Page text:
It’s been said that where time is concerned, there are two unfailing truths: that time teaches, and that time will eventually disappear. None of us can accumulate a storehouse of time – not to sound foreboding here, but the fact of the matter is that whether we die far too young or live to 110, each one of us is given only so much time. So what’s important is how we use the time we have, what it teaches us, and, if we’re to correctly understand our faith, how time brings us closer to becoming the kind of true spiritual beings that God intends for us to be.
I’ve always been very fond of the 3rd chapter of Ecclesiastes – I love how in thirteen or so verses, the writer of Ecclesiastes lists down 28 experiences that are all common to our human experience; and arranged in such a way each one has an “opposite” experience that is just as likely. We are born and we die, we weep and we laugh, we mourn and we dance – every one of us. There will always be times of war, just as there times of peace. Indeed, “for everything (turn, turn, turn) there is a season (turn, turn turn), and a time for every purpose under heaven” (What can I say? I’m an old folkie from way back…).
The point is that life does not remain constant; it is ever changing, and to fully appreciate the time we have in this life we have to embrace all of it – the good and the bad, the joyous and the painful, the routine day to day stuff, as well as the unexpected challenges that come out of nowhere. Writer and Benedictine Sister Joan Chittister says this well – she writes that “the purpose of life lies in learning to enjoy each giddy part, to endure each costly part, to cope with every exhausting part, to learn from every colorless part, to stretch and groan and grow, to milk every single period of life dry.”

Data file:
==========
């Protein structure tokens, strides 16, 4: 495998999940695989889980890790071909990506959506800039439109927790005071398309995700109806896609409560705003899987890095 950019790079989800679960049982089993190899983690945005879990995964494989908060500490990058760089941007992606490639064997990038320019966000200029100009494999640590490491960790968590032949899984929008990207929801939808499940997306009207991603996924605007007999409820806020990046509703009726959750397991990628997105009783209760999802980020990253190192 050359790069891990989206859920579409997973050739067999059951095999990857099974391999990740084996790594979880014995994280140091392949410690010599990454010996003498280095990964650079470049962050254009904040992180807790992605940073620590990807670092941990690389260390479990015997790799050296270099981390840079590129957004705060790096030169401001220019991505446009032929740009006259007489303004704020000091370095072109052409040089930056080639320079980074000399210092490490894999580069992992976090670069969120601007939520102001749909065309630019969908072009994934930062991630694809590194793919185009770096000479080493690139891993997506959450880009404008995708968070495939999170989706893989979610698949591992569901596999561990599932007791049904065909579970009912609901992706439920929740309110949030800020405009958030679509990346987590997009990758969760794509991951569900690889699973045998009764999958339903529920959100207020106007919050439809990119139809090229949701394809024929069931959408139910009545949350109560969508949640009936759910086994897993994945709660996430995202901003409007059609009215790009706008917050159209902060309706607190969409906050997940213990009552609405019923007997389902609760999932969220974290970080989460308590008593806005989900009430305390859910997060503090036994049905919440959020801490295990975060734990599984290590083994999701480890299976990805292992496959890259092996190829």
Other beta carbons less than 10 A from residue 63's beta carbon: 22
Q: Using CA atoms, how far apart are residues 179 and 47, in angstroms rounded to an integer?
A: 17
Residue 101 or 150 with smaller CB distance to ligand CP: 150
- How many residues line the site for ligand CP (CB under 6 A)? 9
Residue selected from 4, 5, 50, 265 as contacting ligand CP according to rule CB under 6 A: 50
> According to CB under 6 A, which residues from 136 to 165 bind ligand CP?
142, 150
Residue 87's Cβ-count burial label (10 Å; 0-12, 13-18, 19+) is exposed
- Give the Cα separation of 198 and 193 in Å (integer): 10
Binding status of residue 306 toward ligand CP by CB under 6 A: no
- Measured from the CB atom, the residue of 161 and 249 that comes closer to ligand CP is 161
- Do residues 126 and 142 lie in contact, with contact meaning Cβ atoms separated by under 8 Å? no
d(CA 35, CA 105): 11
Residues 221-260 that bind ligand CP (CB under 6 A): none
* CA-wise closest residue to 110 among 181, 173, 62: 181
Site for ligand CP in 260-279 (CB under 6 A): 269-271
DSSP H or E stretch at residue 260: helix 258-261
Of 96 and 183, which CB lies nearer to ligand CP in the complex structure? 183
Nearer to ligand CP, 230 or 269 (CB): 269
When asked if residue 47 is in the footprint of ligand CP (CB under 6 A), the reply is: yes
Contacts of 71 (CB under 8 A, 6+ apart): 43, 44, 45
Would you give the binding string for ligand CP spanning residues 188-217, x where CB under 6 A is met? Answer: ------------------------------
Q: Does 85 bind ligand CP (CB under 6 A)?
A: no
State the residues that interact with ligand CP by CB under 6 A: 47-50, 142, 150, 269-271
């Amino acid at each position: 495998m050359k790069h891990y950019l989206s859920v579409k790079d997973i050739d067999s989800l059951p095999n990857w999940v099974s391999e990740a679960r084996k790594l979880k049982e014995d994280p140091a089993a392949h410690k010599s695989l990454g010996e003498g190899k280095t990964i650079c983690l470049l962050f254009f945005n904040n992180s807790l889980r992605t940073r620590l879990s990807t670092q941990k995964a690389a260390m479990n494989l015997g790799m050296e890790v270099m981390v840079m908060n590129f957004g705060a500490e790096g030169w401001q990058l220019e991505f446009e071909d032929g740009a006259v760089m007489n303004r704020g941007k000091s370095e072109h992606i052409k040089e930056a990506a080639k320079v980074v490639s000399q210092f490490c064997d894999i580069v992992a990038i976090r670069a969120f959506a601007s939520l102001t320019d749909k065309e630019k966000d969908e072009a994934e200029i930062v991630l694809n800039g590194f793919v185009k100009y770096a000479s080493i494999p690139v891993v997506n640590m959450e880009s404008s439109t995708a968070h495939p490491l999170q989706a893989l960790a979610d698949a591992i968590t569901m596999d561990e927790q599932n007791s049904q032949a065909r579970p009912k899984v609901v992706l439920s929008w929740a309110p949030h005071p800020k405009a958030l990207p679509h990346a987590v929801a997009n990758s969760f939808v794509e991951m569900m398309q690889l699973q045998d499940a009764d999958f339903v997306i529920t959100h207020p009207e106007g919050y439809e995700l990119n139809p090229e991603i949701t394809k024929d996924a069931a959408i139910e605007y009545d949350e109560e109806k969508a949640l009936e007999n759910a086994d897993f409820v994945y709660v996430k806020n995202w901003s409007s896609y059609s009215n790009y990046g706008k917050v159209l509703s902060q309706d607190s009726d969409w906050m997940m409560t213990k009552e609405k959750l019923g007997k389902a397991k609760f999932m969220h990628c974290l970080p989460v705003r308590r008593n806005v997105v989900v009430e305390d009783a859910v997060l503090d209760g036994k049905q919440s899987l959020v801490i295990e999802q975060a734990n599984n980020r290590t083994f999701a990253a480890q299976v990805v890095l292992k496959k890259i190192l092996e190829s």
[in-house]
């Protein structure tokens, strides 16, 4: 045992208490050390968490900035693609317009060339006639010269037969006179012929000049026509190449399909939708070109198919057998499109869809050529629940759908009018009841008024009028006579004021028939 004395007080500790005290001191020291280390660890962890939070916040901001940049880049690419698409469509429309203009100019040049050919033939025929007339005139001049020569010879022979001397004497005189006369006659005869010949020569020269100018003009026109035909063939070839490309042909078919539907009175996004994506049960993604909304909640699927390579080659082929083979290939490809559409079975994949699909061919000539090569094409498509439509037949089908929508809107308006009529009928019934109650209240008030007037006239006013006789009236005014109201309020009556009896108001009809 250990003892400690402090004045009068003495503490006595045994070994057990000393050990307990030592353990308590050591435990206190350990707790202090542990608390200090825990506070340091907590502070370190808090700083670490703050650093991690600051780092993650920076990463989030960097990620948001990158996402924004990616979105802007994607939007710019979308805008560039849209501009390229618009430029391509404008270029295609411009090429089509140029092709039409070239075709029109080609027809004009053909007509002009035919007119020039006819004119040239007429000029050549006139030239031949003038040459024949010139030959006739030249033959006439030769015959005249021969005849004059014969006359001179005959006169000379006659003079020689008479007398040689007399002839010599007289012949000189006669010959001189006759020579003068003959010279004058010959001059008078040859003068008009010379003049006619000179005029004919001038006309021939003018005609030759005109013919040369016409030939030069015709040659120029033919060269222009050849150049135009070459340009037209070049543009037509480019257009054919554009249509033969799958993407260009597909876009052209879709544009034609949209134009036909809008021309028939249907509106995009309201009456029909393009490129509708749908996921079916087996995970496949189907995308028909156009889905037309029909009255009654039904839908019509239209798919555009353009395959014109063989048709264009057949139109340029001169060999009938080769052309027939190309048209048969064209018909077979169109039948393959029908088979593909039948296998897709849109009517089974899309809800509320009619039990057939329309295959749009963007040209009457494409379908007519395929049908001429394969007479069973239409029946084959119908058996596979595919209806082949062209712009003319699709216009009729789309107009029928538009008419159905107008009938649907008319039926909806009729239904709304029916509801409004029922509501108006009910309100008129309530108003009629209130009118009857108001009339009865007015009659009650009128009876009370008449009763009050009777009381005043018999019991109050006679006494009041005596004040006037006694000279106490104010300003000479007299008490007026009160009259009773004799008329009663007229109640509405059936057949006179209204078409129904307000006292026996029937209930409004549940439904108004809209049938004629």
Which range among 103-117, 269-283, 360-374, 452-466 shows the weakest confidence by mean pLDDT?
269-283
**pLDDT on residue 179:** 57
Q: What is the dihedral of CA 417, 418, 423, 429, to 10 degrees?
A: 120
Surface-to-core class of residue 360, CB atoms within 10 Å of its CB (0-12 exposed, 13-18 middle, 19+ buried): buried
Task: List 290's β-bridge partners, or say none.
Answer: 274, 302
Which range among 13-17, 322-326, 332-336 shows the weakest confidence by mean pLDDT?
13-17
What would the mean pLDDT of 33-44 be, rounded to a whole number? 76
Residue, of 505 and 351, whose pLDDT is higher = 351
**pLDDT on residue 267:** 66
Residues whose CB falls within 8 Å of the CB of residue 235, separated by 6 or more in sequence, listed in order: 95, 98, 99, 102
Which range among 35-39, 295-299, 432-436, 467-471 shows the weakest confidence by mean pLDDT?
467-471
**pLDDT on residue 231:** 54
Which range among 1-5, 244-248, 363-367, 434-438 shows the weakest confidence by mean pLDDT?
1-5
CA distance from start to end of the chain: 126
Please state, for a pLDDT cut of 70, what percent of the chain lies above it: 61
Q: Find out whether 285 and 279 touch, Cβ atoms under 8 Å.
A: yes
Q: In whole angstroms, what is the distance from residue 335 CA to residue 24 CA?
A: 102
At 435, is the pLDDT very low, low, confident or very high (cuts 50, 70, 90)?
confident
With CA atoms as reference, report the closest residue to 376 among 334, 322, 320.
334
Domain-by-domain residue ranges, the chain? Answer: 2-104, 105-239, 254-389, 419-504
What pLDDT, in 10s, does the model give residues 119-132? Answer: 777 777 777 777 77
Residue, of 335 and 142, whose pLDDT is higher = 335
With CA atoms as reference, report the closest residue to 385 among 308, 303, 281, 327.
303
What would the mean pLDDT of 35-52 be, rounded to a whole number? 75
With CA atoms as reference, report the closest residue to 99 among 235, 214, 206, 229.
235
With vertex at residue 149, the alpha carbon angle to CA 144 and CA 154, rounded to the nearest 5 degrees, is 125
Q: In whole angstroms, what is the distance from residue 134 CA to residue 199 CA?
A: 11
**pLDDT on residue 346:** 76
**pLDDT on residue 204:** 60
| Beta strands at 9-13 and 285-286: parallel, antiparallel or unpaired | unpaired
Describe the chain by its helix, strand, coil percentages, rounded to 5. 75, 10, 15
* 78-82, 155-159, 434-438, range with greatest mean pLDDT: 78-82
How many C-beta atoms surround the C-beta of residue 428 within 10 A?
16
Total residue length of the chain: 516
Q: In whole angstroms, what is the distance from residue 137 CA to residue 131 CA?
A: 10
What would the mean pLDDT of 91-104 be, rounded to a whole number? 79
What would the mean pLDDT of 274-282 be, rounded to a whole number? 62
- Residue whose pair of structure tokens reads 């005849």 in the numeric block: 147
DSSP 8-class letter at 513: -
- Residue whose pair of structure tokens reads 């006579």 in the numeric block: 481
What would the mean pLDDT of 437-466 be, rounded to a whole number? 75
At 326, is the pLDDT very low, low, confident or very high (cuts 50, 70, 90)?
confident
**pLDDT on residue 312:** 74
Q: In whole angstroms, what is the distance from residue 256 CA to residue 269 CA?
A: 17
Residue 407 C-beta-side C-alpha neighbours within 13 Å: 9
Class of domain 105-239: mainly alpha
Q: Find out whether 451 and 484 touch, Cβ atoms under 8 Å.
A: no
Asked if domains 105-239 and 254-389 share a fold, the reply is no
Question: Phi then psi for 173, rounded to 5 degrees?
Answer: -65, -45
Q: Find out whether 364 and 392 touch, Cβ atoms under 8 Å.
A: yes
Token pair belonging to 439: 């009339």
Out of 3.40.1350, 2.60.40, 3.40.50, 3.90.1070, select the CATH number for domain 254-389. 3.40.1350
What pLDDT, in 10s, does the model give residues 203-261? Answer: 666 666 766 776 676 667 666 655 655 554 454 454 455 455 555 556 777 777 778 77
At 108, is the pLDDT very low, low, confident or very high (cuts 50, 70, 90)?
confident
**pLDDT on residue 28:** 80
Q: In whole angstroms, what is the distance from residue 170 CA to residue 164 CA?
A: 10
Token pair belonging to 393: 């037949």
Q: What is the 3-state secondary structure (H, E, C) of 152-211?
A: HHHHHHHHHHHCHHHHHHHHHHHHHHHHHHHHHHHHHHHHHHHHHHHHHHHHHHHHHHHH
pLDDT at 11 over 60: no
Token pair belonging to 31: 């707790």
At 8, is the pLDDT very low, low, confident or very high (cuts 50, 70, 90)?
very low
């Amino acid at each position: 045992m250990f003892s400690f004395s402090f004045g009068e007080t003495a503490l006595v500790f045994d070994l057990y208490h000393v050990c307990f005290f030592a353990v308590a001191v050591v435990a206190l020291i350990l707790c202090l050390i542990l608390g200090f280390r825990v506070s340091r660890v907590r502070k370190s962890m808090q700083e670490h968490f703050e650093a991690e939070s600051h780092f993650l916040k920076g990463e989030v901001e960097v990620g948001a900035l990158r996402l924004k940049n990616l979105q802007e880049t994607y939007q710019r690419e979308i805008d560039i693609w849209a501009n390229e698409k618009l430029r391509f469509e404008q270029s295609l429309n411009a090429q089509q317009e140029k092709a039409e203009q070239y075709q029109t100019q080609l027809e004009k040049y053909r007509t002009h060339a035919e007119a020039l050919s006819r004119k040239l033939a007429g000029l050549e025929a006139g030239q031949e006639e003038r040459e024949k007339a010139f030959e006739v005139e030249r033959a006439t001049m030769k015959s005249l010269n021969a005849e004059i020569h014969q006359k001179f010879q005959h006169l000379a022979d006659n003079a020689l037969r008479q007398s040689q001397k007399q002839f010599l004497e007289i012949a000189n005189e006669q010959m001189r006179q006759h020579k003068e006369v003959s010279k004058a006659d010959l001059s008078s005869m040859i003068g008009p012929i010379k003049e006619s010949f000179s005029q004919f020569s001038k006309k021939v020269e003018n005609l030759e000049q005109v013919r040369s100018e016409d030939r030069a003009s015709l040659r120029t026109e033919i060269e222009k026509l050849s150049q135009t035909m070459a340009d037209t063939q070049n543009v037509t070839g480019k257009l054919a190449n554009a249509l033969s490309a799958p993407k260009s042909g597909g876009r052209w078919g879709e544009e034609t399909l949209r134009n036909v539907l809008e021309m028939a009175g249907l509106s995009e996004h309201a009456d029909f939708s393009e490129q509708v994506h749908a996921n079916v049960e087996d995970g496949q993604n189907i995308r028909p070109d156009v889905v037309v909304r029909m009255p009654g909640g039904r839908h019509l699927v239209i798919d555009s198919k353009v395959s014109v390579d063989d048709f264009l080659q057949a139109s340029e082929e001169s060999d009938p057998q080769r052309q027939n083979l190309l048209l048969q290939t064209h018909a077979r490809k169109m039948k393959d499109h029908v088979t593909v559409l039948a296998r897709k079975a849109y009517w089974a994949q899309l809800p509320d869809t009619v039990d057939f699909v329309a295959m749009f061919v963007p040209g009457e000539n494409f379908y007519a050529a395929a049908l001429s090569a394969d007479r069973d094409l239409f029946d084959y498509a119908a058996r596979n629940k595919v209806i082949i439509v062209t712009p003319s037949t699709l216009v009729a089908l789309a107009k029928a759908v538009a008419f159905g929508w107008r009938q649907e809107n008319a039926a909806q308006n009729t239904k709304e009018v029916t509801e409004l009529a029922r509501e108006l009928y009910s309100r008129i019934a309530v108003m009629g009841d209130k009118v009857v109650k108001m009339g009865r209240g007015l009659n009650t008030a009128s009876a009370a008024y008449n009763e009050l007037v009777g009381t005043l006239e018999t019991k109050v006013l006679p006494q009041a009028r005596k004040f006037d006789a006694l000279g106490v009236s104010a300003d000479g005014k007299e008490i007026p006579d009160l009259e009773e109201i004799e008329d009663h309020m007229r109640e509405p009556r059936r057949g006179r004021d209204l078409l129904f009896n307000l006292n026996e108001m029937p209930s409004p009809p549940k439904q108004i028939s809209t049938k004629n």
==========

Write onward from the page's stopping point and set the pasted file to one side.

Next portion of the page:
How this will happen in our lives is an on-going mystery, no doubt about it. But the good news is that as we seek to make the best use of the time we have, we are not alone in the effort. We have the presence and the power of God, who “has made everything suitable for its time.” (Ecc.3:11) You and I are blessed that even though we so often find ourselves overwhelmed by the swift changing of seasons in this life, God is always there giving us strength and spirit to weather those changes as they come.
I am more and more convinced that there is no wasted time when God is involved! Yes, there is a time to plant and for harvest, time for love and for anger, and a time for peace even when there’s war – this is the stuff of life, as God has given it to us, and we cannot change that. But if we take on all of life with God, then all of these varied seasons become valuable, purposeful and, might I add, the stuff of greatness, the source material for a legacy that will last throughout the years, even when our time is over.
This weekend brings Memorial Day around once again, and we’ll remember those who “have gone on before” – family members, friends, the dear ones who we loved and who loved us; people who made a difference in our lives simply by their being with us. But perhaps we can also take to heart the other side of Memorial Day – the reminder that we still have time; time to love, time to laugh, time to dance, time to live, time to praise God in and through everything that makes up our lives.
As Pete Seeger (and the Byrds) once observed, “I swear it’s not too late.”
c. 2012 Rev. Michael W. Lowry